1. Need help with advanced functions homework

I did all the sample questions in class but they were nothing like the homework questions. Please answer any if you can

The sample questions didn't even have logs so I'm not sure how to do it with the log.

The questions asks me to: State the transformations applied to the following equation:

y=log_5x (log with base of 5 times variable x)

a) y=-log_5x

b) y=log_5(-x)

c) y=-log_5(-x)

I understand what is happening visually, but I don't know how to describe it verbally.

also I have this equation: y=-log_5(-x)

would the inverse be y=log_5(-x)

or would I also need to modify the variable... y=log_(x)?

The next is given the equation:

y= - 1 / 4 [ ( 2 ) ^ x - 4 ] + 5

Include a table and describe its features...

the sample questions were nothing like this one, didn't have a variable near the exponent which really throws me off

and finally: Solve 3^x= 7^2 using interpolations and logarithms .. this one im completely lost on

2. Re: Need help with advanced functions homework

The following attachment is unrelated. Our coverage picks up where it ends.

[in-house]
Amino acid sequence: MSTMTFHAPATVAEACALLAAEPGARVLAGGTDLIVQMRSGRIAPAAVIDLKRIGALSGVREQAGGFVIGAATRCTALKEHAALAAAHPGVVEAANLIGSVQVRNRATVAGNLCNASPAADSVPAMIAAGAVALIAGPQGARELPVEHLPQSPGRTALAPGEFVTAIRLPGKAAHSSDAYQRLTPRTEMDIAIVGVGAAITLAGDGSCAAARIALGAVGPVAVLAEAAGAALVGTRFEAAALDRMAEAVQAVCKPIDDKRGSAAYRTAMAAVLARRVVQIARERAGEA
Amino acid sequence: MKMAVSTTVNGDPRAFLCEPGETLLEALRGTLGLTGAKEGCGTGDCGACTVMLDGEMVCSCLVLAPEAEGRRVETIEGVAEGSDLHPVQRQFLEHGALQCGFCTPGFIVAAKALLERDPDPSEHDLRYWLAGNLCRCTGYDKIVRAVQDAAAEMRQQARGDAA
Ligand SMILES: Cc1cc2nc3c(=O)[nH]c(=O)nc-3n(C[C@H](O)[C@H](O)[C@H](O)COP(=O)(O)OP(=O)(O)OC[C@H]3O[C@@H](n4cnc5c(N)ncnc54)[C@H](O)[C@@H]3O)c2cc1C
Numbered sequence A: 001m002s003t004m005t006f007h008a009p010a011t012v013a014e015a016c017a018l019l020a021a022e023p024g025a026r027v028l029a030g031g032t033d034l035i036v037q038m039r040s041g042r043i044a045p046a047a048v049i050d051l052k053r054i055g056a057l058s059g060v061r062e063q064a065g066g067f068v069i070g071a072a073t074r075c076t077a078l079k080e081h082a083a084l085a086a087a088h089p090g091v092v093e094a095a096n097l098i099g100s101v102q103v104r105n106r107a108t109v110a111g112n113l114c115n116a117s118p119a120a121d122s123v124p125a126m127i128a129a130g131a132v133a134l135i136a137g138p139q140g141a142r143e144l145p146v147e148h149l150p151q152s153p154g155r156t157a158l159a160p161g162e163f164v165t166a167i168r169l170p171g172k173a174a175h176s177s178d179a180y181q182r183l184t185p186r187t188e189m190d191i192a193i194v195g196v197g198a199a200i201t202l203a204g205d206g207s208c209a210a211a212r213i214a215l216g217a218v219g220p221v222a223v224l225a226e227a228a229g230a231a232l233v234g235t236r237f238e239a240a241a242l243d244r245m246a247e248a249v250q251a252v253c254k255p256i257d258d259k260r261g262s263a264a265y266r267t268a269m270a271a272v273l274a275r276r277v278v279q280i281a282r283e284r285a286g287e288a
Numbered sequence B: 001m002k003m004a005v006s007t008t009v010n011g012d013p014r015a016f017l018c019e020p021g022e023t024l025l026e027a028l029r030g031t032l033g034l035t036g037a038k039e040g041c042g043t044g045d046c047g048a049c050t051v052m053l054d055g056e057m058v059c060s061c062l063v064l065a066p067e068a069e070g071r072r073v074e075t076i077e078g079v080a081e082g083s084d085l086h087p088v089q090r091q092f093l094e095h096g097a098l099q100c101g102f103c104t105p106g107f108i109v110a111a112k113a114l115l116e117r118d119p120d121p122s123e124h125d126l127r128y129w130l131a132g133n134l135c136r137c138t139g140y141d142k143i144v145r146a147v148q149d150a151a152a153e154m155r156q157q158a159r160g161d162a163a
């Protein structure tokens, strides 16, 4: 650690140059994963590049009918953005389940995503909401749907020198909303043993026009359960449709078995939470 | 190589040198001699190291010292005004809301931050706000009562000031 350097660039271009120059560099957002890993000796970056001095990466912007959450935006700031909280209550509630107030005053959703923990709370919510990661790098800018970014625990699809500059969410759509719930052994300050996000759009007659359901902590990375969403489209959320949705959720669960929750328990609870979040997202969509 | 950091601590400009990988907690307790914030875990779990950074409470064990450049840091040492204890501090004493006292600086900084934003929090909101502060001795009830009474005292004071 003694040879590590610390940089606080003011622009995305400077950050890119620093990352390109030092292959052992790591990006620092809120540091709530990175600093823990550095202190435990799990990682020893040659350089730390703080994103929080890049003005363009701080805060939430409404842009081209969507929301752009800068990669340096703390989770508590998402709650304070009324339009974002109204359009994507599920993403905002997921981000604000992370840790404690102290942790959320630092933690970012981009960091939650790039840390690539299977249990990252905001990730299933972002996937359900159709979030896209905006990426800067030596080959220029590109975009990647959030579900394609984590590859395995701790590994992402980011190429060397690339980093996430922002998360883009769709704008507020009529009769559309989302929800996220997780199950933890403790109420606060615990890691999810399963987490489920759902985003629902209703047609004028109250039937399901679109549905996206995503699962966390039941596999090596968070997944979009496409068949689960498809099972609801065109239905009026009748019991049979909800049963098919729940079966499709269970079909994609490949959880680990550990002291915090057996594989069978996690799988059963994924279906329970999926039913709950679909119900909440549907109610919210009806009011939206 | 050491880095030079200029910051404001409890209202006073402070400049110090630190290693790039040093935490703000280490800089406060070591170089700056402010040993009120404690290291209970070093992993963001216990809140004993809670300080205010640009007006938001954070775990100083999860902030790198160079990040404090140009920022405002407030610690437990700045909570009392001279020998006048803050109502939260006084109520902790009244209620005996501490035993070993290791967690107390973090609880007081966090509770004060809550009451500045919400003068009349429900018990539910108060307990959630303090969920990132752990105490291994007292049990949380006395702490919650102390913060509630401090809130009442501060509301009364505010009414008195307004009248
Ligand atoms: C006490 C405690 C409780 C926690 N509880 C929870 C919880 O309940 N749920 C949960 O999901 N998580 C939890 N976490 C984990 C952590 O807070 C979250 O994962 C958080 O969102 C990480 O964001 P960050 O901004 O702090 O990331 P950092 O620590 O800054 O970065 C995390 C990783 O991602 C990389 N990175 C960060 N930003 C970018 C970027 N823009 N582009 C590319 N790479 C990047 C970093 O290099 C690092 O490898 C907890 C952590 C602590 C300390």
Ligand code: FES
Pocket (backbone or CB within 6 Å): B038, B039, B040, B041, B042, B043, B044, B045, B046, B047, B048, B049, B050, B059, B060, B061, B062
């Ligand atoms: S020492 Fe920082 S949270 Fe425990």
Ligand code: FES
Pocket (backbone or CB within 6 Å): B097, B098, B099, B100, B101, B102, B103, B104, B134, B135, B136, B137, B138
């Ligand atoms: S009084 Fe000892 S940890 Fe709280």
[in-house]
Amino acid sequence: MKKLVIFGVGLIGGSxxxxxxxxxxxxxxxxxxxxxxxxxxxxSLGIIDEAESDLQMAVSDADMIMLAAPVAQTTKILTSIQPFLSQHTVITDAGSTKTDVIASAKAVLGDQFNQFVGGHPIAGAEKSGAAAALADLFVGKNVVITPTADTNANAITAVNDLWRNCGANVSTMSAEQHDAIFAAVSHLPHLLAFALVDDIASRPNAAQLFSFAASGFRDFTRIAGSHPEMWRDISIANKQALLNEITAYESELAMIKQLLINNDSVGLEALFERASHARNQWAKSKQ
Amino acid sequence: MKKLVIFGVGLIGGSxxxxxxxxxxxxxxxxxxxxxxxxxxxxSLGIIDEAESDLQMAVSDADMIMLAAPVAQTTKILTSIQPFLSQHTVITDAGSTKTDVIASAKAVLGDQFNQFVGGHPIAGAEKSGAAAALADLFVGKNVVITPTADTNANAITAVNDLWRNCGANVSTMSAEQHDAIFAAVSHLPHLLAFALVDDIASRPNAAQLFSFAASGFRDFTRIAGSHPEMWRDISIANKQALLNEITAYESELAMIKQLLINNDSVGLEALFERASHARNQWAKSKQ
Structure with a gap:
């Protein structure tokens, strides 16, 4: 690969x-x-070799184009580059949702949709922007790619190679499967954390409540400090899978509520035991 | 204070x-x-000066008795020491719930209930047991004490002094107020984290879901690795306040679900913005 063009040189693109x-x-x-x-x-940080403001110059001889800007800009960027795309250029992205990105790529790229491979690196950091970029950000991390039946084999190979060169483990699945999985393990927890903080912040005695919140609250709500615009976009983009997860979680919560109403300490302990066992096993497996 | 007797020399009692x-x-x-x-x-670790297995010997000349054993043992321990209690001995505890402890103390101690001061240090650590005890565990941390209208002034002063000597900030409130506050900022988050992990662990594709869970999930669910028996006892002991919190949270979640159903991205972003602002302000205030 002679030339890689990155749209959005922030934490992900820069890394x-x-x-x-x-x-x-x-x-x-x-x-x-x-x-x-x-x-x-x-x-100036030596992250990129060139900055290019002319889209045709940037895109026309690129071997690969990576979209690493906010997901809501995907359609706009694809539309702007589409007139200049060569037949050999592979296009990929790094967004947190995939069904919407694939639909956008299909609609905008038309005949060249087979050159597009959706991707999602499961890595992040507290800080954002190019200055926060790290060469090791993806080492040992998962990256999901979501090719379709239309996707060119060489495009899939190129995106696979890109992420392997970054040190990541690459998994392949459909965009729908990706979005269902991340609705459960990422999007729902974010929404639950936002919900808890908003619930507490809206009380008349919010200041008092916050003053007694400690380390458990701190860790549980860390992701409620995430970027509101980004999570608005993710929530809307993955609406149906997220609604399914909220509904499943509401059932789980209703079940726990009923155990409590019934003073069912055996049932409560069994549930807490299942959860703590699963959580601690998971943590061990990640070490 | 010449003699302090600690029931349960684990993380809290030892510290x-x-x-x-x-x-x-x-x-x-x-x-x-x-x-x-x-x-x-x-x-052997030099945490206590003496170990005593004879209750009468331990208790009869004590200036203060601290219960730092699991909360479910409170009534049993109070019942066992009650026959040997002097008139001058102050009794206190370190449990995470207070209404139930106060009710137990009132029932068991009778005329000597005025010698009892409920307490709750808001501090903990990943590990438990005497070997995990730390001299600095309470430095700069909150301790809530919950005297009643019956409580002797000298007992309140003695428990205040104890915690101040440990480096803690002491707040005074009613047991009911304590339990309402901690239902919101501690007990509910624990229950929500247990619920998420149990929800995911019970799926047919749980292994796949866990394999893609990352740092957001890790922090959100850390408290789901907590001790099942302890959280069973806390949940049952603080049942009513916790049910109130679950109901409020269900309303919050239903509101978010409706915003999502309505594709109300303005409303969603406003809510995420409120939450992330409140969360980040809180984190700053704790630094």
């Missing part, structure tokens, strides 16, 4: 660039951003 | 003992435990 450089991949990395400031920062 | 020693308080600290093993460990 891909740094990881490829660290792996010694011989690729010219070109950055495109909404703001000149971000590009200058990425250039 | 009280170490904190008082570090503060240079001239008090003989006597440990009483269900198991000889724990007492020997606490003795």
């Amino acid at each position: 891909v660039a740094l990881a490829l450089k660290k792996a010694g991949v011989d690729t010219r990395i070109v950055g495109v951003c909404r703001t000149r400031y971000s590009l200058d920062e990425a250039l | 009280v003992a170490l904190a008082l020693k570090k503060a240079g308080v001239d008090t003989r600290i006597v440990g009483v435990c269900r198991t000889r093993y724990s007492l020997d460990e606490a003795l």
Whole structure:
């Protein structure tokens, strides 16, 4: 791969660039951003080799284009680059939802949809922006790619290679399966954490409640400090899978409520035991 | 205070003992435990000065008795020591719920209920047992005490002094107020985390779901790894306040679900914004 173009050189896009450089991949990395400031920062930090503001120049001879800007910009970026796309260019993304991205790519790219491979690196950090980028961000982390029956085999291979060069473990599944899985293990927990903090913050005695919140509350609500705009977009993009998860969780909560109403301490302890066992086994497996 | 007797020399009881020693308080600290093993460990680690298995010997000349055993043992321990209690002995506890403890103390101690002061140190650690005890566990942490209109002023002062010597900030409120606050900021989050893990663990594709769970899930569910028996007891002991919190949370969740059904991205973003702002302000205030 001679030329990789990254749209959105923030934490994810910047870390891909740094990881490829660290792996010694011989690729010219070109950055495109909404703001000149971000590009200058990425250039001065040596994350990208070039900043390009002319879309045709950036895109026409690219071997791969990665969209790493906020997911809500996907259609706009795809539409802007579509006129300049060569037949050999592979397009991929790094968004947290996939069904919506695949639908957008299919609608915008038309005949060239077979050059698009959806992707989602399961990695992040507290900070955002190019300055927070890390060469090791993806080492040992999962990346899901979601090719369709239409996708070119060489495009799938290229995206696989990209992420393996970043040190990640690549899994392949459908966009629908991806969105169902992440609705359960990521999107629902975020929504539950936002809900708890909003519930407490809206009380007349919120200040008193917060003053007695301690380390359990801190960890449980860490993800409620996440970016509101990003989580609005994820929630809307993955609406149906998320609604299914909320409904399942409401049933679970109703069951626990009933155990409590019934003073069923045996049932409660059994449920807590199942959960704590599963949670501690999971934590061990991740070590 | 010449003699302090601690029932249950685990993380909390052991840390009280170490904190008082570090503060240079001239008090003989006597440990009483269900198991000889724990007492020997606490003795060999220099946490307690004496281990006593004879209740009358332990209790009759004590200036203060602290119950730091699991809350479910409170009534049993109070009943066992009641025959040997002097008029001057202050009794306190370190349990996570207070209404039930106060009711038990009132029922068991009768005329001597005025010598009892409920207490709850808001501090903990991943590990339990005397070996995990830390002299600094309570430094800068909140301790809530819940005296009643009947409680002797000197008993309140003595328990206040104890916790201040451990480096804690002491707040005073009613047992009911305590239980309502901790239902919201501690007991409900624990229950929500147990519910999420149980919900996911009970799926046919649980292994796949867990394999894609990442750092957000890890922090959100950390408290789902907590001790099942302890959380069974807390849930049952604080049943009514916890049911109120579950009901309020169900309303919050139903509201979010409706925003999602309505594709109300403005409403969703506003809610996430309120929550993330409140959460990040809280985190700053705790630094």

Hello!

a) y=-log_5x

b) y=log_5(-x)

c) y=-log_5(-x)
a) This is called a reflection in the x- axis.
b) This is called a reflection in the y-axis.
c) Both: reflection in x and y axis.

also I have this equation: y=-log_5(-x)
I am not really sure and I don't want to give you an incorrect answer.

y= - 1 / 4 [ ( 2 ) ^ x - 4 ] + 5
Just state the transformations compared the parent function y = 2x

3. Re: Need help with advanced functions homework

also I have this equation: y=-log_5(-x)

would the inverse be y=log_5(-x)

or would I also need to modify the variable... y=log_(x)?
frequently if you have $y=f(x)$ you can solve the inverse function by solving for x in terms of y.

$y=f(x)=-\log_5(-x)$

$-y=\log_5(-x)$

$5^{-y}=-x$

$x=-5^{-y}$

and now we just change y to x on the right and label this the inverse function.

$f^{-1}(x)=-5^{-x}$

compare this with the inverse of $y=g(x)=\log_5(x)\Rightarrow g^{-1}(x)=5^x$

You can see that you have to account for both transformations to the function itself as well as transformations of its argument.